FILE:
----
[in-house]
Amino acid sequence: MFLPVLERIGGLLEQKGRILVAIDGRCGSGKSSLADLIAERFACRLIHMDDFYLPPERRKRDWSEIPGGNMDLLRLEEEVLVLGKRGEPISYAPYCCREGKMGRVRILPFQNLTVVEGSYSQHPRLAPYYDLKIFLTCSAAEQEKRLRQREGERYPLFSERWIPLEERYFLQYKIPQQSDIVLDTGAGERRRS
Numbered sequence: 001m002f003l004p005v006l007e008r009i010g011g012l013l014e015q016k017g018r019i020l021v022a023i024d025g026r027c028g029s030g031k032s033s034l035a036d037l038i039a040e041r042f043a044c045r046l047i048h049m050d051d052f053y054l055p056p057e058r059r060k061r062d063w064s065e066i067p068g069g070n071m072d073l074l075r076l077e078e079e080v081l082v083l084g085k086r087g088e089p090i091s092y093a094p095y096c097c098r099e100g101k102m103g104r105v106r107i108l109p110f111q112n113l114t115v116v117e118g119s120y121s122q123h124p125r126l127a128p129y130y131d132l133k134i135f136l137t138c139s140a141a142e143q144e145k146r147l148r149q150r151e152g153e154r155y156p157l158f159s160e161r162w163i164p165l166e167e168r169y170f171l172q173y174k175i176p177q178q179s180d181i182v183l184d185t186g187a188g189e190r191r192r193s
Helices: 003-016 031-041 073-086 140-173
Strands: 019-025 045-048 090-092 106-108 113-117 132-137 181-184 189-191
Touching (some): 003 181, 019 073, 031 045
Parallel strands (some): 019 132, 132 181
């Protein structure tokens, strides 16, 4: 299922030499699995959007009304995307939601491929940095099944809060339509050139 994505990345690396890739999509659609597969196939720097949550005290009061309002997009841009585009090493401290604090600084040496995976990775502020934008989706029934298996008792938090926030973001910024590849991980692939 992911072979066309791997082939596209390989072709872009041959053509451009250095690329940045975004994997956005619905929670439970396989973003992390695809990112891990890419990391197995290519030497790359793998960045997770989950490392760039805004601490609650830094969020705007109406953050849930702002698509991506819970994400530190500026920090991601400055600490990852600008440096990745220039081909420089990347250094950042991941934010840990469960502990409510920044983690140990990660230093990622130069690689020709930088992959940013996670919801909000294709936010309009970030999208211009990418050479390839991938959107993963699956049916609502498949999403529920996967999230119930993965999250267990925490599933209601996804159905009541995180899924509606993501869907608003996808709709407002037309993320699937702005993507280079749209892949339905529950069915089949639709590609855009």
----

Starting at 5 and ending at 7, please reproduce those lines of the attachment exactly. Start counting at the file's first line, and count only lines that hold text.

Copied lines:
Strands: 019-025 045-048 090-092 106-108 113-117 132-137 181-184 189-191
Touching (some): 003 181, 019 073, 031 045
Parallel strands (some): 019 132, 132 181